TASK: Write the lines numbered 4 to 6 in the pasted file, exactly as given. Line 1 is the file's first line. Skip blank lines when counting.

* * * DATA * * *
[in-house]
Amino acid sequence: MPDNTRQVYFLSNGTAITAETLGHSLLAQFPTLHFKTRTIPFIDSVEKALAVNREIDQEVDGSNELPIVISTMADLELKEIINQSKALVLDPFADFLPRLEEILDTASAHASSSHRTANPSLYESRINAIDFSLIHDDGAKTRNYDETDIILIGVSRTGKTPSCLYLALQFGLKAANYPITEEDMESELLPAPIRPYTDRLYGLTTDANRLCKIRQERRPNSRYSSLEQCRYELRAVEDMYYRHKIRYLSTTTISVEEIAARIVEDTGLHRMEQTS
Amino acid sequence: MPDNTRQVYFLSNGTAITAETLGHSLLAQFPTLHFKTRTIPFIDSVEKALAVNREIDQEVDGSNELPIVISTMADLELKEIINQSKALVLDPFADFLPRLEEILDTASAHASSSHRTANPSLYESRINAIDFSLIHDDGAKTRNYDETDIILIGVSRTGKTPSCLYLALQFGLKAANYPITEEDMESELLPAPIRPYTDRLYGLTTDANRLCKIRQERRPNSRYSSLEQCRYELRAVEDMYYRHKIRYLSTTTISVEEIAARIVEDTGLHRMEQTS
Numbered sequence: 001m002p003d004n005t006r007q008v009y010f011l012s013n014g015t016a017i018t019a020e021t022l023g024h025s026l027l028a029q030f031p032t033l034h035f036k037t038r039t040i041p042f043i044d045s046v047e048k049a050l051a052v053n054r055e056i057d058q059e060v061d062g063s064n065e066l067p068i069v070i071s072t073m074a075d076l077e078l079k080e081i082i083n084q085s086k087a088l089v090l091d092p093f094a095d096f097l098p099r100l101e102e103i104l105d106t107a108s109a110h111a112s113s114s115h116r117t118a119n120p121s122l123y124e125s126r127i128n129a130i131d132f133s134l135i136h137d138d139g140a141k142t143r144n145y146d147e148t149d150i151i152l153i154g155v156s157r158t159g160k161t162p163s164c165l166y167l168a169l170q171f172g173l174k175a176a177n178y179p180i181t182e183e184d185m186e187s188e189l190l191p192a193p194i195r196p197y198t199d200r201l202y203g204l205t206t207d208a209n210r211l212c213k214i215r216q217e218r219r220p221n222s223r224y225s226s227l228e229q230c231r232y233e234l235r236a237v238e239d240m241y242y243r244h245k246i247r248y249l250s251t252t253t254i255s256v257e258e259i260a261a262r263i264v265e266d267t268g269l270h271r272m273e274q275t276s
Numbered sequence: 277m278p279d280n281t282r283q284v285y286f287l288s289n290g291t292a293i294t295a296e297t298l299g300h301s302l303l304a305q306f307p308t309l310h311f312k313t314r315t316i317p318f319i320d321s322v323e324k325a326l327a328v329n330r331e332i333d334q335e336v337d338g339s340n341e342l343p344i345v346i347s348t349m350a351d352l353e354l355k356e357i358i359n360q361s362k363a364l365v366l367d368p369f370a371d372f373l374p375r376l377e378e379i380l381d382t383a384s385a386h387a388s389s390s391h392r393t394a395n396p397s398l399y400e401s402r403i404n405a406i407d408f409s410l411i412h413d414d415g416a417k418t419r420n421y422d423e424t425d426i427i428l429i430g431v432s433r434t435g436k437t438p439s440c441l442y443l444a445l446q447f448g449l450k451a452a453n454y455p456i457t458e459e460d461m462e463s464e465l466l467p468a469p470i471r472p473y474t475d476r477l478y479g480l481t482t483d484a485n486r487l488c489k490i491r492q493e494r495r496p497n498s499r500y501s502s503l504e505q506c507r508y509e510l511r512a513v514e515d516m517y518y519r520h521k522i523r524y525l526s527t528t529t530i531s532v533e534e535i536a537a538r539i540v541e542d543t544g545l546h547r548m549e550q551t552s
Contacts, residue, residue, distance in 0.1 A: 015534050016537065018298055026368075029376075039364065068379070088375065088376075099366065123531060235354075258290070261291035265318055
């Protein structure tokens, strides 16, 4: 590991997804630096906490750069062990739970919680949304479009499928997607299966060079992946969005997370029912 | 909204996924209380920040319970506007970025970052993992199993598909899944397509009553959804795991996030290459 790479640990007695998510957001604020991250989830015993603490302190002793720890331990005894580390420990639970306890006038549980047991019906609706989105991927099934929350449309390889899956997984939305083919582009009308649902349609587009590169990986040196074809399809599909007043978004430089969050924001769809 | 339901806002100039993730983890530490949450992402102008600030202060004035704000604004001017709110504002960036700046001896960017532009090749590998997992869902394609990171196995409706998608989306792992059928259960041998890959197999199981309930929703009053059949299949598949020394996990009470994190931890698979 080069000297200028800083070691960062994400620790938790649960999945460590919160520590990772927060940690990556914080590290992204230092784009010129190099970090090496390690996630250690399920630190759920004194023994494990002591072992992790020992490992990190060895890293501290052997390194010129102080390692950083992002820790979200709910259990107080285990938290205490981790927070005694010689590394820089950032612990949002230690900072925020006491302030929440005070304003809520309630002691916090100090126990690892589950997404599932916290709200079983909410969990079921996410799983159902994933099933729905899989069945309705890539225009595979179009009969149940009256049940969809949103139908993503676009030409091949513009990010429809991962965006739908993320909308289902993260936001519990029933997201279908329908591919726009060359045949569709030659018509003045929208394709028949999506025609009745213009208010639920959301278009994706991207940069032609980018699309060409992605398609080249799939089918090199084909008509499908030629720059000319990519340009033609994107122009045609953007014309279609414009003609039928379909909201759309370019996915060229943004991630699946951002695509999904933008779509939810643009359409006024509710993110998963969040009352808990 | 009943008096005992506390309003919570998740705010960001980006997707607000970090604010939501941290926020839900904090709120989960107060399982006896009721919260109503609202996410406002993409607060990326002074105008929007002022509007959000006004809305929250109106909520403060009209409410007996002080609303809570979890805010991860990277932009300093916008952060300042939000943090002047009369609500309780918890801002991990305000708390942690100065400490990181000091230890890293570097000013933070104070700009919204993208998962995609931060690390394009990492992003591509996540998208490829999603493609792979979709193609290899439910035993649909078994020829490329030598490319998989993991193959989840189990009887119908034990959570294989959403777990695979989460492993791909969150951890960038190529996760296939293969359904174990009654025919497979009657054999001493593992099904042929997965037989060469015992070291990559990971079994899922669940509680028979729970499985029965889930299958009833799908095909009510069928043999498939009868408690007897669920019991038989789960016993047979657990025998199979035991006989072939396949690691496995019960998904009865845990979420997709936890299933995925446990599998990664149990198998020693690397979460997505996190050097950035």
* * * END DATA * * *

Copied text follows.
Numbered sequence: 001m002p003d004n005t006r007q008v009y010f011l012s013n014g015t016a017i018t019a020e021t022l023g024h025s026l027l028a029q030f031p032t033l034h035f036k037t038r039t040i041p042f043i044d045s046v047e048k049a050l051a052v053n054r055e056i057d058q059e060v061d062g063s064n065e066l067p068i069v070i071s072t073m074a075d076l077e078l079k080e081i082i083n084q085s086k087a088l089v090l091d092p093f094a095d096f097l098p099r100l101e102e103i104l105d106t107a108s109a110h111a112s113s114s115h116r117t118a119n120p121s122l123y124e125s126r127i128n129a130i131d132f133s134l135i136h137d138d139g140a141k142t143r144n145y146d147e148t149d150i151i152l153i154g155v156s157r158t159g160k161t162p163s164c165l166y167l168a169l170q171f172g173l174k175a176a177n178y179p180i181t182e183e184d185m186e187s188e189l190l191p192a193p194i195r196p197y198t199d200r201l202y203g204l205t206t207d208a209n210r211l212c213k214i215r216q217e218r219r220p221n222s223r224y225s226s227l228e229q230c231r232y233e234l235r236a237v238e239d240m241y242y243r244h245k246i247r248y249l250s251t252t253t254i255s256v257e258e259i260a261a262r263i264v265e266d267t268g269l270h271r272m273e274q275t276s
Numbered sequence: 277m278p279d280n281t282r283q284v285y286f287l288s289n290g291t292a293i294t295a296e297t298l299g300h301s302l303l304a305q306f307p308t309l310h311f312k313t314r315t316i317p318f319i320d321s322v323e324k325a326l327a328v329n330r331e332i333d334q335e336v337d338g339s340n341e342l343p344i345v346i347s348t349m350a351d352l353e354l355k356e357i358i359n360q361s362k363a364l365v366l367d368p369f370a371d372f373l374p375r376l377e378e379i380l381d382t383a384s385a386h387a388s389s390s391h392r393t394a395n396p397s398l399y400e401s402r403i404n405a406i407d408f409s410l411i412h413d414d415g416a417k418t419r420n421y422d423e424t425d426i427i428l429i430g431v432s433r434t435g436k437t438p439s440c441l442y443l444a445l446q447f448g449l450k451a452a453n454y455p456i457t458e459e460d461m462e463s464e465l466l467p468a469p470i471r472p473y474t475d476r477l478y479g480l481t482t483d484a485n486r487l488c489k490i491r492q493e494r495r496p497n498s499r500y501s502s503l504e505q506c507r508y509e510l511r512a513v514e515d516m517y518y519r520h521k522i523r524y525l526s527t528t529t530i531s532v533e534e535i536a537a538r539i540v541e542d543t544g545l546h547r548m549e550q551t552s
Contacts, residue, residue, distance in 0.1 A: 015534050016537065018298055026368075029376075039364065068379070088375065088376075099366065123531060235354075258290070261291035265318055